Looking back over the past decade or so of Just One Week, it always seems to be the case that no sooner have I tested and reviewed a Vision rod than it becomes obsolete and is withdrawn from sale. I've got used to it now and it hasn't put me off trying new rods and writing about them. In the 2021 product cycle there are some real surprises. Over the past year Vision has completely changed its range of double-handed rods:
- The premium XO has been succeeded by the XO Graphene, with the same name, style, finish and performance
- The long-serving Tool has finally been retired
- The entry level Onki range has been reduced to single-handed only, pending stock run-down
- The six-piece Sisu Siks remains, but will probably end shortly
- The Custom series, pitched at £700 - £850, comprises 4 general purpose salmon rods at 13, 14, 15 and 16 feet; and two specialist Skagit rods of around 13' 6". The Custom range hasn't yet arrived in UK, but is scheduled for delivery in late May. In that respect it's worth noting that Vision are not alone in having supply timing issues - presumably owed to the effects of Covid on supply chains - as Sage's new entry level double handers won't be available until after the season has ended.
- The Hero is now their entry-level range, comprising just two rods, an 11' 2" #7 switch at £399, and a 13' 7" #8 general purpose at £449. Both are now available in UK, and as soon as I could I got hold of a 13' 7" to try out.
Hero - First Impressions
Continuing Vision's long established tradition of eccentric presentation, the Hero comes in a cheerful primrose yellow tube with internal sub-dividers. You're not likely to leave it behind! Nevertheless, the cheerful colour is entirely in keeping with the Hero's happy demeanour and what it does for the user's morale.
The appearance is understated in every respect. The blank is semi-translucent black, and like the XO, has an un-machined surface. The effect at distance is gloss black. The whippings are neat and well finished with epoxy. There are two stripper rings and the remainder are chrome snakes.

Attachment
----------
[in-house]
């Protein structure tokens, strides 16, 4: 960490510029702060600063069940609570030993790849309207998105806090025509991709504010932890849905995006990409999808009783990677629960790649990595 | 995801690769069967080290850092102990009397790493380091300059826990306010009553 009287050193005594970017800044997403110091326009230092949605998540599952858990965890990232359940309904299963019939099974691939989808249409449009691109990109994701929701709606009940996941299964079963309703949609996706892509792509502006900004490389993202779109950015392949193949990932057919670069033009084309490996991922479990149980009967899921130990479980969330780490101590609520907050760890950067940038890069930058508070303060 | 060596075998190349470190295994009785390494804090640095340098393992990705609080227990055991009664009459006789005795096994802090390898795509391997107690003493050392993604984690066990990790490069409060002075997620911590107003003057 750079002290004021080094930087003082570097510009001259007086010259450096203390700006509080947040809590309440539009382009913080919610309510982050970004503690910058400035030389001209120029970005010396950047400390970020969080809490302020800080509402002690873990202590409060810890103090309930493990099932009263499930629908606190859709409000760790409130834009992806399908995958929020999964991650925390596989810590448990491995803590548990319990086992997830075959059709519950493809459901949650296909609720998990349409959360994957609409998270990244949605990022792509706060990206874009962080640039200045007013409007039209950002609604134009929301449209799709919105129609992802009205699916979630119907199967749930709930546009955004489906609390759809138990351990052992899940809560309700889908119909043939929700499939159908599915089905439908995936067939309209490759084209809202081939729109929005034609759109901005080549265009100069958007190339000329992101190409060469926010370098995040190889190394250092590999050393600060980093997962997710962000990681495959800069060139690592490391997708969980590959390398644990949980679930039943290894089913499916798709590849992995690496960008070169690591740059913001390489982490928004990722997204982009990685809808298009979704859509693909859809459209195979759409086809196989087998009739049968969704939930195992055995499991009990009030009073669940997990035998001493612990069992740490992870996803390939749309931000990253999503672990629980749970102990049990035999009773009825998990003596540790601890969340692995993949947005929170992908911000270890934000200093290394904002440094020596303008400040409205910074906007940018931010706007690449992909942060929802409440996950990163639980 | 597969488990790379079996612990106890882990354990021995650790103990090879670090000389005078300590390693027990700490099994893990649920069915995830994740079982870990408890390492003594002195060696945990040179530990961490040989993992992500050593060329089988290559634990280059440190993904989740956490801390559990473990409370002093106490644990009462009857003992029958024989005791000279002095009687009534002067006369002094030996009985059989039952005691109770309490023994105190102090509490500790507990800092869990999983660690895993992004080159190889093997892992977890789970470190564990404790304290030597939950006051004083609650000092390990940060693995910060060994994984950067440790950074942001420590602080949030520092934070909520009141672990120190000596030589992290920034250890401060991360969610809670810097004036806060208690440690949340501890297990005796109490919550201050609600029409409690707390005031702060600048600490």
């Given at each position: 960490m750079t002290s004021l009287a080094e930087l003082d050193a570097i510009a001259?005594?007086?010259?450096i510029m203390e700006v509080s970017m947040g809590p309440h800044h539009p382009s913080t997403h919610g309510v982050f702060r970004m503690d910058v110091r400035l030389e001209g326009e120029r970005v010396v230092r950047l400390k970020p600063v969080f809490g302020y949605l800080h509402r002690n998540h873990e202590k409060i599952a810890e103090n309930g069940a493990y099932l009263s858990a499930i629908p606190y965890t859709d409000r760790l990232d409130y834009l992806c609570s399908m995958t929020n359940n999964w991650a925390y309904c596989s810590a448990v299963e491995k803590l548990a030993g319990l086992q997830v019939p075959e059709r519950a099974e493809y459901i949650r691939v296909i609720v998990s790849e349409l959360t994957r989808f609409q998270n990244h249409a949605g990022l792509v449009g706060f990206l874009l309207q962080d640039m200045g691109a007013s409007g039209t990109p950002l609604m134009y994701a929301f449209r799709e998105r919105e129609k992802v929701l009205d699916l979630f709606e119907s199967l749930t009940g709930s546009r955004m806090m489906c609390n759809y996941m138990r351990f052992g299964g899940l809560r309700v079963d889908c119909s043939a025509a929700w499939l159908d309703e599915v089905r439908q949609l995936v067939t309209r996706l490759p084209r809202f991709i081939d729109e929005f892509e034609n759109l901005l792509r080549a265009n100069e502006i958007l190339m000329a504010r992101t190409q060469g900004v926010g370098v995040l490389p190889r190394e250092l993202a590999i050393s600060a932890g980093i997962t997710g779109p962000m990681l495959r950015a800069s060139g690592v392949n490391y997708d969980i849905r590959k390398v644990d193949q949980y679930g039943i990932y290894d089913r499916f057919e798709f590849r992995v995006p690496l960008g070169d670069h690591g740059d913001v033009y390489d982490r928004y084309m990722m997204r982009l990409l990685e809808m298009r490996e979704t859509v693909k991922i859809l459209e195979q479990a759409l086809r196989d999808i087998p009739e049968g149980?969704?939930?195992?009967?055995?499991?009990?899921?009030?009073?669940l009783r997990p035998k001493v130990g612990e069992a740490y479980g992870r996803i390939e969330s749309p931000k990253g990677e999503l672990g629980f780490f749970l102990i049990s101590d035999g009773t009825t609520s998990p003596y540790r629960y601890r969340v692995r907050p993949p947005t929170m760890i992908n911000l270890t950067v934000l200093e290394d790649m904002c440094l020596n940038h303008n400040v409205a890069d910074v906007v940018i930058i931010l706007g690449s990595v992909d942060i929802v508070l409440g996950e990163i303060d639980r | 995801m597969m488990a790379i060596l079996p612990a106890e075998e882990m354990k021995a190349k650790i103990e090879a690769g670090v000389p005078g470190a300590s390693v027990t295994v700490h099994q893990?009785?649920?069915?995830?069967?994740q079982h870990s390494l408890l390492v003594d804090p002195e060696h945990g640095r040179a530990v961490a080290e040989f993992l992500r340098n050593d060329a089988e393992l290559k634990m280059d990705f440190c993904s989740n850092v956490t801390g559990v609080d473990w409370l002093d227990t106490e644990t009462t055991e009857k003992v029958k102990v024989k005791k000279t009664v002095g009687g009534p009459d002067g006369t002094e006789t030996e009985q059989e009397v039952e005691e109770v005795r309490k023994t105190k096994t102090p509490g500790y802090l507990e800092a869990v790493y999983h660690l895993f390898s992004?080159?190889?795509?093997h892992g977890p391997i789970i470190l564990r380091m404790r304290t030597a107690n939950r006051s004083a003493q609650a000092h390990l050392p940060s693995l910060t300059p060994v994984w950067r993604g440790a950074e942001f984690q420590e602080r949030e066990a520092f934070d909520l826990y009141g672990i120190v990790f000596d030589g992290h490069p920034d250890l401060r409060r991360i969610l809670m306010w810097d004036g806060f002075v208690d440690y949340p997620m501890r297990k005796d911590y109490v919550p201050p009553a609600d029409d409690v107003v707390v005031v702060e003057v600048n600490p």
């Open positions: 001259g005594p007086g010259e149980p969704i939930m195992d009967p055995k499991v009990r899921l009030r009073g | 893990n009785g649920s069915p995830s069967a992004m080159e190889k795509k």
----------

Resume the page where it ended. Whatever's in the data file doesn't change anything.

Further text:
On the Water
- Scandi. The rod has a wide weight window of 30 - 38 grams. In the event the middle figure of 34 grams proved absolutely delightful, loading the rod fully and responding nicely with every cast, from short range rolls to full distance Single Spey. I was able to cover the entire fishing width of the tail section of Frodle Dub without any wading. Performance with a 38 gram line was competent but dull in comparison with the joys of the 34 gram.
- Skagit. The Hero was in its element with the Skagit, loading down to its boots before sending 10 feet of T11 and a brass tube the full width of Frodle Dub with minimal effort. It also performed very well in extracting the sunken head from a slack back-eddy. I didn't have the specified 580 grain line, but it was equally competent with both 550 and 600 grain lines.
- Sinking Head. Alan Maughan always held that extracting a sinking head was one of the most searching tests of a rod, in which strongly tip-raised actions were often found wanting. The test line was an over-weight #9/10 Guideline 3D S3 with a 2" copper conehead tube. The Hero rolled it up neatly before despatching a good single Spey. I suspect that the Hero could have done a direct extract and cast with an on-weight #8 line.
- 55' Spey. As I had a Unispey in the box I thought I'd give it a go. However, its #9/10 weight seriously overmatched the Hero (and my ability). I suspect that it would be happy with a #7/8, but there again, I only fish a full line once in a blue moon, and it's so much fun with a Scandi, why bother?